A. J. Windless
   
         
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Intramural Cross Country Winners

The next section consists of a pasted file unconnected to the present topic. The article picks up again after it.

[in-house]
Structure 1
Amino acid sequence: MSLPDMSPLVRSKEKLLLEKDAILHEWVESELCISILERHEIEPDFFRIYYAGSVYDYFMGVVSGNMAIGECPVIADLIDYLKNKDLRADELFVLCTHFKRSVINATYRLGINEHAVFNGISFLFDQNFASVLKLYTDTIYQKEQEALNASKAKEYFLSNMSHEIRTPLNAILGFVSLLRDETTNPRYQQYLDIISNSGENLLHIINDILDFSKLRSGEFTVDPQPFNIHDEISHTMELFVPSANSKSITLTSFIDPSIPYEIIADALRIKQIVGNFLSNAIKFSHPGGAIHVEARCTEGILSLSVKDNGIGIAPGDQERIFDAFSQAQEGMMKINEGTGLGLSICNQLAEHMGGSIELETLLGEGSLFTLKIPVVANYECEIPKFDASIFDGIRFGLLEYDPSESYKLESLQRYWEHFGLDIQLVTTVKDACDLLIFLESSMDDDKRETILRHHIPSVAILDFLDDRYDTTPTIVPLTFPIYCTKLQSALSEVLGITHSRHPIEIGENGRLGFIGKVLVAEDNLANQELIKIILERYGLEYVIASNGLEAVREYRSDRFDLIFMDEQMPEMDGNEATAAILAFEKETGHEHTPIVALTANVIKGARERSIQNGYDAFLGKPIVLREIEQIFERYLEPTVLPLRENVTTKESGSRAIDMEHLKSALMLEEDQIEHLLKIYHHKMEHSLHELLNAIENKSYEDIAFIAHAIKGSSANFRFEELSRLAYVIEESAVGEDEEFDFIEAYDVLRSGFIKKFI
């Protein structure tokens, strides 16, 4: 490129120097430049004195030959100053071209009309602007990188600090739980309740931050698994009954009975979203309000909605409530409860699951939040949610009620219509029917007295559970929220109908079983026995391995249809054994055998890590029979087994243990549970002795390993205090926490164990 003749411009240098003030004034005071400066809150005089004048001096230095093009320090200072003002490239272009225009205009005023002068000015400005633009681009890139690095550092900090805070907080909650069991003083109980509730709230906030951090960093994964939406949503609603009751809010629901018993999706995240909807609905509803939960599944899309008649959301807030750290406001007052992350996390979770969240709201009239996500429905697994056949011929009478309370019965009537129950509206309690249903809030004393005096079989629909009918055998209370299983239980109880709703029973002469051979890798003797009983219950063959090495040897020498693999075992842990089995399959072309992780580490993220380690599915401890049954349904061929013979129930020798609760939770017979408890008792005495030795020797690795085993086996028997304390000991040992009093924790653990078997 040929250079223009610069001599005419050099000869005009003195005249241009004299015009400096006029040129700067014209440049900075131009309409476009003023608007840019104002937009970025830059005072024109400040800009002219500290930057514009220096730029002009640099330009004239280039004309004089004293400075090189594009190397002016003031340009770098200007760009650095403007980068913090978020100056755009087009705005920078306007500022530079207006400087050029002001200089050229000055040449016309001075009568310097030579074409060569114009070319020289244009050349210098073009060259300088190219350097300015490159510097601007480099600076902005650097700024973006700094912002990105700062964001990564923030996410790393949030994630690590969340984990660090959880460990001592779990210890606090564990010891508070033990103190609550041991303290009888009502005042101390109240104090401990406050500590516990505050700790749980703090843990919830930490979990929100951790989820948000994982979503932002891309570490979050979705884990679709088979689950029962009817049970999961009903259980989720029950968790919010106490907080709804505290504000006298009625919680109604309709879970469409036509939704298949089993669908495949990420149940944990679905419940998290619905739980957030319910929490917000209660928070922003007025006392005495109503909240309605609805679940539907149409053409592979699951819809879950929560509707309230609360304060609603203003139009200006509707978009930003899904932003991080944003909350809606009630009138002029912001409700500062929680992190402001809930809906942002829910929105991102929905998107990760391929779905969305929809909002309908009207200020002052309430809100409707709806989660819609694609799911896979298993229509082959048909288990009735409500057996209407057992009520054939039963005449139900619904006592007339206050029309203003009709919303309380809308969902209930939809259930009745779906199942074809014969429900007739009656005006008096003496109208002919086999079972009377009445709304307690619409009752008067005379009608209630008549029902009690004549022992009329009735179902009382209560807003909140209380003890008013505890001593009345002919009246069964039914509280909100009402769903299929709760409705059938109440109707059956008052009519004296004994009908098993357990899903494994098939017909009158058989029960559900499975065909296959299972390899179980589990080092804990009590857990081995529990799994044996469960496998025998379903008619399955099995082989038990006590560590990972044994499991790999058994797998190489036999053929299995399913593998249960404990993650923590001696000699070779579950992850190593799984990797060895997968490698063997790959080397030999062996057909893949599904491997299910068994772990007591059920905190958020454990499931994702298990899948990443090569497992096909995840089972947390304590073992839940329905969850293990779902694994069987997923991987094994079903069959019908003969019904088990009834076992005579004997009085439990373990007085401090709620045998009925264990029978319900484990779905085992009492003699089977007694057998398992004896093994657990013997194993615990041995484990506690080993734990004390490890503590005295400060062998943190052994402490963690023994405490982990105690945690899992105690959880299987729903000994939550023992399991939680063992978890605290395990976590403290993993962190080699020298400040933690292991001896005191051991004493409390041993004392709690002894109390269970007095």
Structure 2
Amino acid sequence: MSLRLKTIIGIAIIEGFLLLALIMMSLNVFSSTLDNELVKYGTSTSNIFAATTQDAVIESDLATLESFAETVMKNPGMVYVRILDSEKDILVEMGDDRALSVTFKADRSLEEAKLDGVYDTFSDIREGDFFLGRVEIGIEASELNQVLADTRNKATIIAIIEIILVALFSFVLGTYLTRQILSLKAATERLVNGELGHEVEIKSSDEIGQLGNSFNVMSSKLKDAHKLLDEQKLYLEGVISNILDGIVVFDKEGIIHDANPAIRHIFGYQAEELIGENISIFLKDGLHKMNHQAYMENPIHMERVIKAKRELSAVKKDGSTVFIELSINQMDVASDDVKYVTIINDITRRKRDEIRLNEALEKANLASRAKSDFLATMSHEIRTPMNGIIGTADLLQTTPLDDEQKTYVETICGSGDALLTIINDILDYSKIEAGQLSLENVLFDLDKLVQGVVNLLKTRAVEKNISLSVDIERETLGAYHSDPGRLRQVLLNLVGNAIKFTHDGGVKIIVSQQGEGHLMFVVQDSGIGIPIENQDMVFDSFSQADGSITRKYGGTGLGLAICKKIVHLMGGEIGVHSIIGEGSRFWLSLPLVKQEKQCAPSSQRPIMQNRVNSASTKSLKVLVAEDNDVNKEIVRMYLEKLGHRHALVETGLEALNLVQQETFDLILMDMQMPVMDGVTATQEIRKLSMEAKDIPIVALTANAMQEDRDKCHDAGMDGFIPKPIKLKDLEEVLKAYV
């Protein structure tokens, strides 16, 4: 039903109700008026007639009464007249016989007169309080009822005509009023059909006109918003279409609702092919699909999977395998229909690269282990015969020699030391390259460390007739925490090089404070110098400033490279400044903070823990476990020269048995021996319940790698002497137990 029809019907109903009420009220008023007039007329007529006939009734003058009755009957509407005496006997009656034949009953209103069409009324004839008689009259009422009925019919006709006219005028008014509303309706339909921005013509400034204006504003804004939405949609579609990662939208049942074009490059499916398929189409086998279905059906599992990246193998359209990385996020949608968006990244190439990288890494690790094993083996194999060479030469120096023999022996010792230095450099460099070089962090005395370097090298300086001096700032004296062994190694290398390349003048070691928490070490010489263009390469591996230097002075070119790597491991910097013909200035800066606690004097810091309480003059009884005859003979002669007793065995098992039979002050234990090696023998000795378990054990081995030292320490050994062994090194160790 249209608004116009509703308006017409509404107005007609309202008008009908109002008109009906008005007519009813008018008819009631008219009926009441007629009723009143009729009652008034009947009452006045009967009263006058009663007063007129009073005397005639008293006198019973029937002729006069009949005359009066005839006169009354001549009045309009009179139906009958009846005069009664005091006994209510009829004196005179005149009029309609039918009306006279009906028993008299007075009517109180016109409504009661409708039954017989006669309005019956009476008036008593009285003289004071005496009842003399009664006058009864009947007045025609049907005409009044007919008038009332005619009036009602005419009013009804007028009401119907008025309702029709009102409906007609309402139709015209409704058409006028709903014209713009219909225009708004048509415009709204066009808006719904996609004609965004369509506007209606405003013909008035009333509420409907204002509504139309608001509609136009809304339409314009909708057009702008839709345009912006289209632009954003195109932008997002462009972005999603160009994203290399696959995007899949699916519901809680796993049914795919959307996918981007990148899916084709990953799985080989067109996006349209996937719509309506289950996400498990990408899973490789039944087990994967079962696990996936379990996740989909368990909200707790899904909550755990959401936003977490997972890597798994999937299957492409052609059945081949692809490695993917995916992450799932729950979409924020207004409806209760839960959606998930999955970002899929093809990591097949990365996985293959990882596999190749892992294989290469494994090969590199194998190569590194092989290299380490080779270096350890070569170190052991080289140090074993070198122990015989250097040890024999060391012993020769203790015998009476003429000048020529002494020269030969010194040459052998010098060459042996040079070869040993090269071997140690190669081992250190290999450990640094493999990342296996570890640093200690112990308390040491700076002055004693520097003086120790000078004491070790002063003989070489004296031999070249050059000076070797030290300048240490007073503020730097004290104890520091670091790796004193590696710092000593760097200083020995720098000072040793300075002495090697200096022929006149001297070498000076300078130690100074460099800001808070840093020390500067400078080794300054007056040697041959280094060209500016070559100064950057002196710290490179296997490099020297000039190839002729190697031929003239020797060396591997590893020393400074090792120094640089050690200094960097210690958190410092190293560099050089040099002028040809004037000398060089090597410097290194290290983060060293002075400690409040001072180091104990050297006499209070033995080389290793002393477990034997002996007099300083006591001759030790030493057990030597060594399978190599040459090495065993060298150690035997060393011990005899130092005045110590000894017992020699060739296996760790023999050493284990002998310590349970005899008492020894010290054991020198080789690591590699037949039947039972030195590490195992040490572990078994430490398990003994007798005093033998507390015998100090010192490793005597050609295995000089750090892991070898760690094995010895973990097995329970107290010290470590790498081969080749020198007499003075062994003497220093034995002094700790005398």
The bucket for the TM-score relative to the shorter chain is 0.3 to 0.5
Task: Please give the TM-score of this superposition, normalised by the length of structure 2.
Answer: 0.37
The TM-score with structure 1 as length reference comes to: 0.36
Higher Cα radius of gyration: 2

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I attended an eight year grammar school and a four year high school. Our grade school had no track team, so I wouldn't have a coach for another three years. My big brother left to fight in the Viet Nam war. Fortunately he enlisted in the Air Force one day before the draft came to get him. Otherwise he would have crawled around in the jungle, taken heavy gunfire, and rarely known who or where his enemy was. Years after the war was over a veteran lived in the basement apartment right below me. Every night I could hear him screaming as his nightmares took him back to that tropical horror. That's the insanity Dan was spared. In a strange twist of fate he preceded me to Thailand by over three decades, doing two tours at the air base in Sattathip, where he maintained the guns on B52 bombers. Before he left, however, he bought me "The Jim Ryun Story", a book about the 19 year old American runner who set the world record in the mile run, an event that was usually dominated by men who peaked in their mid-twenties. The book detailed his enitre story including his staggering workouts. A typical workout for Jim Ryun would be to run 400 meters 32 times at 3 minute intervals. He would run 400 meters in less than 60 seconds, lift weights for 2 minutes during his "recovery time" and then run another 400. He did 4 sets of 8 repetitions, jogging a mile in between each set. After reading the book he became my hero and my role model, although for the next few years it was more dream than action, as I did very little to prepare for my freshman year. In October, just my second month of high school, they decided to have an intramural cross country race. The school was contemplating the creation of a cross country team for the next year, but before making that committment  they first wanted to see how much interest and talent the students revealed. I wasn't in shape, so about 5 days before the race I started training . No one had ever told me that it would take at least a month to make a difference. In fact, the only thing I got out of training a few days before the race was additional fatigue. The local newspaper took a photo of the top two runners as well as the top two freshman. I thought I had finished first among the freshmen, not even aware that another freshman had finished ahead of me. In that photo, as shown above,  Jake Sorg on the left took first place while his younger brother Andy took second. Kneeling on the left, Mike Fedorko took first among the freshman, while I kneeled on the right. The Sorg brothers, Jake a senior, and Andy a sophomore, would leave quite a legacy at our high school, each of them lowering the school record for the mile run in large increments. While I was a freshman Jake ran the mile in about 4:40, almost 20 seconds faster than my brother's proud win just three years earlier.  My best performances were two 4th places, neither of which scored any points for the team, while my best time was a disappointing 5:13. Perhaps my most vivid memory of my first season is that on the way to one meet we stopped at a mom and pop's hamburger place where I ordered my very favorite, a strawberry milk shake, and savored every delicious spoonful. Unfortunately, it did not stay down, and I learned quite quickly that distance runners should always run on an empty stomach.
   
         
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